Physical Description

Type Information

Holotype for Haliotis (Padollus) dalli Henderson, 1915
Catalog Number: USNM 96392
Collection: Smithsonian Institution, National Museum of Natural History, Department of Invertebrate Zoology
Preparation: Dry
Collector(s): United States Fish Commission
Year Collected: 1888
Locality: Santa Maria Island, South of, Galapagos Islands, Ecuador, South Pacific Ocean
Depth (m): 61.3 to 61.3
Vessel: Albatross R/V
  • Holotype: Henderson, J. B. 1915. Proc. U.S. Natl. Mus. 48(2091): 661, pl. 45,46.
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© Smithsonian Institution, National Museum of Natural History, Department of Invertebrate Zoology

Source: National Museum of Natural History Collections

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Ecology

Habitat

Depth range based on 2 specimens in 2 taxa.
Water temperature and chemistry ranges based on 2 samples.

Environmental ranges
  Depth range (m): 60 - 79.5
  Temperature range (°C): 16.552 - 17.791
  Nitrate (umol/L): 17.352 - 25.339
  Salinity (PPS): 34.887 - 35.065
  Oxygen (ml/l): 1.388 - 2.529
  Phosphate (umol/l): 1.493 - 1.923
  Silicate (umol/l): 14.481 - 17.341

Graphical representation

Depth range (m): 60 - 79.5

Temperature range (°C): 16.552 - 17.791

Nitrate (umol/L): 17.352 - 25.339

Salinity (PPS): 34.887 - 35.065

Oxygen (ml/l): 1.388 - 2.529

Phosphate (umol/l): 1.493 - 1.923

Silicate (umol/l): 14.481 - 17.341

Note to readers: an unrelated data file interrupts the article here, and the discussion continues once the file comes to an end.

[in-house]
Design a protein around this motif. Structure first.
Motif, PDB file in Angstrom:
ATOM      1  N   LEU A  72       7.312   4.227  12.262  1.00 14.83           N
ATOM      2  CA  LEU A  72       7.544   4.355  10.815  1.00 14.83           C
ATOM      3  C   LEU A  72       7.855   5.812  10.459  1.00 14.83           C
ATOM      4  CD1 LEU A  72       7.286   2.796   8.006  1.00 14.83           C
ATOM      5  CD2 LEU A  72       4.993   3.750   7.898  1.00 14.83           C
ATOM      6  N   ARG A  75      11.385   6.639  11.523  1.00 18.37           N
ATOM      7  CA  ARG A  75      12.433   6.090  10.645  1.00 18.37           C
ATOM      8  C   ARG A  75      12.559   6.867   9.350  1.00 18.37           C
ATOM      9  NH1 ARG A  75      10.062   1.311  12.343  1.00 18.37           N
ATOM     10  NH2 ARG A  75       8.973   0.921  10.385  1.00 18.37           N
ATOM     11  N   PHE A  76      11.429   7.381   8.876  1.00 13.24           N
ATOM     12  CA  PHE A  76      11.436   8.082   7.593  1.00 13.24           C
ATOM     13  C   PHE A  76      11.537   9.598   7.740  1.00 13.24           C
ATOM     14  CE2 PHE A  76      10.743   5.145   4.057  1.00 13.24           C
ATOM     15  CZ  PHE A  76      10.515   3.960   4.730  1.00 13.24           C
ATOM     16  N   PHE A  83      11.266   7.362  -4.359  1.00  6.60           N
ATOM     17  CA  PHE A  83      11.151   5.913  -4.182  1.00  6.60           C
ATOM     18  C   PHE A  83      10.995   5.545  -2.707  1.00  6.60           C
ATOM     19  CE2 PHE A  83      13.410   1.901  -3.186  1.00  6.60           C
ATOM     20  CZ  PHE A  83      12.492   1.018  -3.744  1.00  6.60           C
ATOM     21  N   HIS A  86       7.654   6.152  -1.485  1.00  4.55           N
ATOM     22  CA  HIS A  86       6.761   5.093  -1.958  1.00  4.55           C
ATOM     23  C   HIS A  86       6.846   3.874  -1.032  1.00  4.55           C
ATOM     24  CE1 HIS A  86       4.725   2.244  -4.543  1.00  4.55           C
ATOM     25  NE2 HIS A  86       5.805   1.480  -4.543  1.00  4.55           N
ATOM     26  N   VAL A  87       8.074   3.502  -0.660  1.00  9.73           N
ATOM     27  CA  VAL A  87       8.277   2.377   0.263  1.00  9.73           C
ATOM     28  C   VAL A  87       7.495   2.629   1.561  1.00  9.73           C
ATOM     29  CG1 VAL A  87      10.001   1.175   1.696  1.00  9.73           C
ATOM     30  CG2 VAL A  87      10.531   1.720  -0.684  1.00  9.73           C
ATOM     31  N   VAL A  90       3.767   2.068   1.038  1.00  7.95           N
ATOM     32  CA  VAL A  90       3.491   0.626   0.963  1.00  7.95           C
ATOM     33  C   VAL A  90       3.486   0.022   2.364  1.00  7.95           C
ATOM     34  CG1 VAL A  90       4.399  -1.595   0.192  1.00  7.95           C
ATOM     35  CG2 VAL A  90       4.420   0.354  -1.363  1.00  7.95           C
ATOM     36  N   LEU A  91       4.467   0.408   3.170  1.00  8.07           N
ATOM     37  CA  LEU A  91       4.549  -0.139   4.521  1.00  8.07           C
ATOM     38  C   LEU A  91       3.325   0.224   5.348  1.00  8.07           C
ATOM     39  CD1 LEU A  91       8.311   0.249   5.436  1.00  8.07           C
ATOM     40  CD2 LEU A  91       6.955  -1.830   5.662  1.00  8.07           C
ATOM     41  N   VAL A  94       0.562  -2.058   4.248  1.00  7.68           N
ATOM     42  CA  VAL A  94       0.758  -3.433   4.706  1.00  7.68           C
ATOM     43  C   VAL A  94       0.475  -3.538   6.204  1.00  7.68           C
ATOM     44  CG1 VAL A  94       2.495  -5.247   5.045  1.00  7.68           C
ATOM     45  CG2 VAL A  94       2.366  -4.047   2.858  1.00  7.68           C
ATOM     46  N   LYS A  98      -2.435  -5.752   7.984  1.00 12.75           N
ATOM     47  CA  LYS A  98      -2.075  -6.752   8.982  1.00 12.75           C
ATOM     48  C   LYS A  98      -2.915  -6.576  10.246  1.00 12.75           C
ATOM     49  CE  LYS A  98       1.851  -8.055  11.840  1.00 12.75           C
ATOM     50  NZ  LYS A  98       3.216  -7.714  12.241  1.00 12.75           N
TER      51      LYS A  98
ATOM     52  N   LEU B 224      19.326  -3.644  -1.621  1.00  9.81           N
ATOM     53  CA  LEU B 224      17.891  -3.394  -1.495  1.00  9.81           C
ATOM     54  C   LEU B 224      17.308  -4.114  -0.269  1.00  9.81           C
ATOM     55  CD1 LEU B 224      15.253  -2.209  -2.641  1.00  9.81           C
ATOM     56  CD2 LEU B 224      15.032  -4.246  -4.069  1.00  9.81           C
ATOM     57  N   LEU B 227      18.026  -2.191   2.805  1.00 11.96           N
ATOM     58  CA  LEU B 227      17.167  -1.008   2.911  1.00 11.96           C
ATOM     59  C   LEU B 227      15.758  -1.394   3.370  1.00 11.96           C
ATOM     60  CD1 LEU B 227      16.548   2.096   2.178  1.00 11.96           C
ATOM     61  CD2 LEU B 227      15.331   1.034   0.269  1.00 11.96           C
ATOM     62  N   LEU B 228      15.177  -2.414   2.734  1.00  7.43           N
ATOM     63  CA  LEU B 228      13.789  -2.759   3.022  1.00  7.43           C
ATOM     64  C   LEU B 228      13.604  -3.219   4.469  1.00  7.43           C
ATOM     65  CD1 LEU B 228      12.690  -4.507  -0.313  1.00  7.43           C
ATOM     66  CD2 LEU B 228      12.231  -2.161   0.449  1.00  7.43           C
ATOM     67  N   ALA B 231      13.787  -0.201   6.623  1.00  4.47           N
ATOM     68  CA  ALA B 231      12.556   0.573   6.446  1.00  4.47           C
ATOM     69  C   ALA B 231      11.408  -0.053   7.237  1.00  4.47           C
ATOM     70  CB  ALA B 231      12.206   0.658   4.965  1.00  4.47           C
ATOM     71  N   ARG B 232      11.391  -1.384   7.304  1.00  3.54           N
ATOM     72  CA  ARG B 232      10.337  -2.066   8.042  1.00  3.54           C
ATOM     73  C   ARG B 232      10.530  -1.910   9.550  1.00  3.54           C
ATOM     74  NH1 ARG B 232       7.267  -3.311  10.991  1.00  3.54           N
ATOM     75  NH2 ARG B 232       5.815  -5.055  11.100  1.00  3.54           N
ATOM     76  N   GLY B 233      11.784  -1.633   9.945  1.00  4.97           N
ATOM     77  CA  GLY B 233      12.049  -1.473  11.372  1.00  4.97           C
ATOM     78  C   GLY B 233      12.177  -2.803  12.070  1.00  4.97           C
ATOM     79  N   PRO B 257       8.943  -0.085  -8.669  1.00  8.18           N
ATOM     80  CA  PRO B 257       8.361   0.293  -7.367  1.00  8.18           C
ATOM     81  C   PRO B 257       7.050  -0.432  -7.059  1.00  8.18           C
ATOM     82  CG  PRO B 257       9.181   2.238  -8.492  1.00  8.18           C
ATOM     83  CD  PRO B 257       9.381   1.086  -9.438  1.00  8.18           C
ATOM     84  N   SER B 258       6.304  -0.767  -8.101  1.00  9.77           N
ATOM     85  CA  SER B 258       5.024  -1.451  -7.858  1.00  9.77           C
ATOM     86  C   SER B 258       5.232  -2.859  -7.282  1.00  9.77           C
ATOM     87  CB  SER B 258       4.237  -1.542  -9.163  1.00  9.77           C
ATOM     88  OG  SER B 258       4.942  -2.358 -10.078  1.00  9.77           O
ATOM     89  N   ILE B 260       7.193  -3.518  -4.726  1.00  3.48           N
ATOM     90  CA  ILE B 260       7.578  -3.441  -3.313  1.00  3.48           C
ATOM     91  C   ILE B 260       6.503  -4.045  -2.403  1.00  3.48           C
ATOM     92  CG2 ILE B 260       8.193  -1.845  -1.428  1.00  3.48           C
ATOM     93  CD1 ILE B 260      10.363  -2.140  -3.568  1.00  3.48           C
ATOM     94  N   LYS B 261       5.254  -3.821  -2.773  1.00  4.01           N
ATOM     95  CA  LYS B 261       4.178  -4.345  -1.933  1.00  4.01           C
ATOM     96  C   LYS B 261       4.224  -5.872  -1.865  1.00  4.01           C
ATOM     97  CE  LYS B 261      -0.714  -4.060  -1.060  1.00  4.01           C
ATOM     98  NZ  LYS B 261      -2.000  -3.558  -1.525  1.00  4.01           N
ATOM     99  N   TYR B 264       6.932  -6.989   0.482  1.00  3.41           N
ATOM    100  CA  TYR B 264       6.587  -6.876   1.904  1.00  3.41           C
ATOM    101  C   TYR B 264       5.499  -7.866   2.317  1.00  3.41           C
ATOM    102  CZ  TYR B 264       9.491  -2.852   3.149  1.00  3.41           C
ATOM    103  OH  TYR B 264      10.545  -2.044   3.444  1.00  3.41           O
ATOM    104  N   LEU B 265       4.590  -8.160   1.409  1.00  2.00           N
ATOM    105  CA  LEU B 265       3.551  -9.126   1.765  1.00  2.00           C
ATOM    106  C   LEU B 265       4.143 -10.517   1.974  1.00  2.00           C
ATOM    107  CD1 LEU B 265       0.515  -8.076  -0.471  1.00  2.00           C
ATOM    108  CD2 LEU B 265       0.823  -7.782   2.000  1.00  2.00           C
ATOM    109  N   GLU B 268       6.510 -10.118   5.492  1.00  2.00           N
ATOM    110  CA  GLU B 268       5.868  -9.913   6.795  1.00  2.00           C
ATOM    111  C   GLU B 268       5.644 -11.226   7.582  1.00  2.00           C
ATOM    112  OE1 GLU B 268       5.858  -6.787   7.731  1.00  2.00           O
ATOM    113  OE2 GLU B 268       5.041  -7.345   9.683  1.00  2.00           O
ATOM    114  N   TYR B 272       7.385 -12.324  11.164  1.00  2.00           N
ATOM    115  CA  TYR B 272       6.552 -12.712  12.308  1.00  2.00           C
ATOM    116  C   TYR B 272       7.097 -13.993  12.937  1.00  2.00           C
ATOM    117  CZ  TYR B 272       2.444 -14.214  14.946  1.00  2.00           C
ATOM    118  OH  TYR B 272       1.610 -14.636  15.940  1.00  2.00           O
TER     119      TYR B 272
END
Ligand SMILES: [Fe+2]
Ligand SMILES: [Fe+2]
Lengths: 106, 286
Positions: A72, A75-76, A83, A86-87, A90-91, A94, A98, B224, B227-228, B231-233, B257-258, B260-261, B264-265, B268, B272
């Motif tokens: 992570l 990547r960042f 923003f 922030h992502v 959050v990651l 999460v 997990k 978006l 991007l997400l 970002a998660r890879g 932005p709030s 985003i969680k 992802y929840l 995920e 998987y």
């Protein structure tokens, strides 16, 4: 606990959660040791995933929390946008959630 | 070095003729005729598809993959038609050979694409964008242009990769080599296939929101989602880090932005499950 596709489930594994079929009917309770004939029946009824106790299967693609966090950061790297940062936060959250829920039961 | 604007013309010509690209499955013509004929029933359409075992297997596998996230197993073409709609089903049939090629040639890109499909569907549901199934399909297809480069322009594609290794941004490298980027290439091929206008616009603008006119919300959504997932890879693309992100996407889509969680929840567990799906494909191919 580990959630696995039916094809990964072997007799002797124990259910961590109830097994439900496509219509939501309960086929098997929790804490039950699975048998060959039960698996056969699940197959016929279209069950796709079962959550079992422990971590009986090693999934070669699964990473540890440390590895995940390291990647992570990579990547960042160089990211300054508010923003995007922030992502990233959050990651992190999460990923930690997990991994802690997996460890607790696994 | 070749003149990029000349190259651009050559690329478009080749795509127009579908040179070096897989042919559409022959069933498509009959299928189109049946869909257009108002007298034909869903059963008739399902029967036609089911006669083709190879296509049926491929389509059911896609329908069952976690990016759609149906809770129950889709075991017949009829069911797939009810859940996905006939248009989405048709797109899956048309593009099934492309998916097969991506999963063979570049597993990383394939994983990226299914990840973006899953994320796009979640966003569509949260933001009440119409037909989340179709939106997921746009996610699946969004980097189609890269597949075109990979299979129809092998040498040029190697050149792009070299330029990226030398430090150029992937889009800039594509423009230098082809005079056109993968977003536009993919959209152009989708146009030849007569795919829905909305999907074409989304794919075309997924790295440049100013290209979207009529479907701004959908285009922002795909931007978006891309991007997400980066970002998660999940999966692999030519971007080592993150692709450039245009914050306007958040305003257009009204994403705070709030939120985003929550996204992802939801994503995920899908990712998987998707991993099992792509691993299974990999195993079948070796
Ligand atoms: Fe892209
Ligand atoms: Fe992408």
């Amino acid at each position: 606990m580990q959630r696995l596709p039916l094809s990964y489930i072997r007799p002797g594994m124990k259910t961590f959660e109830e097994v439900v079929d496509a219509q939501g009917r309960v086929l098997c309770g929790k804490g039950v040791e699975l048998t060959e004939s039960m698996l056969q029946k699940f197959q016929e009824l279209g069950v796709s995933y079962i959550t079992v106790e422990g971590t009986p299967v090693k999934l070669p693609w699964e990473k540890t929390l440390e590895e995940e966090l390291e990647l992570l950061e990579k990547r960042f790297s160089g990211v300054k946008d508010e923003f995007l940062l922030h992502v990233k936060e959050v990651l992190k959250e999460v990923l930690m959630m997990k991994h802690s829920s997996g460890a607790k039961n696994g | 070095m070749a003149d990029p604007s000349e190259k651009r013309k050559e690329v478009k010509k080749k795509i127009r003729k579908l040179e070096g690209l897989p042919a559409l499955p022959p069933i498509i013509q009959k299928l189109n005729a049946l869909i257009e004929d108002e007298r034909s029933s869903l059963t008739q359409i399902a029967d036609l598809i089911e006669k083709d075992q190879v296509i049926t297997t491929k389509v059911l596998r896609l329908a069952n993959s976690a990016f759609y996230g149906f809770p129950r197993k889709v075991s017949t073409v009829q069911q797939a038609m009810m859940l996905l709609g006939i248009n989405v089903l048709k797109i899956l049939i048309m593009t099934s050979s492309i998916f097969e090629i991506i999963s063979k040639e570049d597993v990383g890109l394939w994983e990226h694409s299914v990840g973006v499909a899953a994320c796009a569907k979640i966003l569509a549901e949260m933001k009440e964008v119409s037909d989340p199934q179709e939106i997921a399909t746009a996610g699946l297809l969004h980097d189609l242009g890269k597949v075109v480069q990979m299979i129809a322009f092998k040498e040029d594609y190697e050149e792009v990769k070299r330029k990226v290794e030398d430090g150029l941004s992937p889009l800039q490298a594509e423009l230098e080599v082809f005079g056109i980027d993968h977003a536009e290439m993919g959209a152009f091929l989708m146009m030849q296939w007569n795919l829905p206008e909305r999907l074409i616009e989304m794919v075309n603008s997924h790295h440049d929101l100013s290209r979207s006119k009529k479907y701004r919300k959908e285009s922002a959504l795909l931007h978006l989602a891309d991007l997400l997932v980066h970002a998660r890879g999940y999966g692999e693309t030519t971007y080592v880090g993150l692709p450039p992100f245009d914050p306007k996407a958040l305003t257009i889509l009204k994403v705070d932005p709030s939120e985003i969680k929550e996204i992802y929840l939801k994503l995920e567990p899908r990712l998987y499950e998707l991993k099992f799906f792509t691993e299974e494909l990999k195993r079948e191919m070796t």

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Wikipedia

Haliotis dalli

Haliotis dalli, common name the Galápagos abalone, is a species of sea snail, a marine gastropod mollusk in the family Haliotidae, the abalones.[1]

It has been confused in the past with Haliotis pourtalesii Dall, 1881, that occurs off Florida. This was due to the destruction of the holotype of Haliotis pourtalesii in the Great Chicago Fire of 1871.

Subspecies

Description[edit]

The description given by W.H. Dall in 1889 of Haliotis pourtalesii matches exactly the description used in 1915 by J.B. Henderson in describing Haliotis dalli, with W.H. Dall agreeing. [2]

"The small shell has a pale brick-red color, with white dots on some of the spirals. The shell is rather elevated, with about two and a half whorls. The apex is small and prominent. It contains about 25 holes of which five remain open. The margins of these are rather prominent. Outside the row of holes the usual sulcus is strongly marked. About midway from the suture to the lines of holes is a raised rib, rather obscure, but differing in different individuals and corresponding to an internal sulcus. Between the central ridges and the suture there are no undulations or transverse ridges of consequence. The sculpture consists of well marked, rather flattish, spiral, close-set threads, sometimes with a single finer intercalary thread, overlaid by smaller rather compressed transverse ridges, in harmony with the incremental lines. On top of the spirals the ridges bulge like the threads of worsted on canvas embroidery. The spire is situated well forward and with subvertical sides. The interior surface is pearly. The coil of the spire is rather close and the margin of the columella is flattened." [3]

This species differs from most other Haliotis species by having a very narrow lateral tooth in the radula and having concentric rings on the cephalic tentacles. It shares these characteristics only with Haliotis roberti (which has become the subspecies Haliotis dalli roberti, (McLean, 1970)) and Haliotis pourtalesii and the subspecies Haliotis pourtalesii aurantium (Simone, 1998) [4]

Distribution[edit]

This species occurs in the Pacific Ocean off the Galapagos Islands and Western Colombia.

References[edit]

  • Geiger D.L. & Owen B. (2012) Abalone: Worldwide Haliotidae. Hackenheim: Conchbooks. viii + 361 pp.
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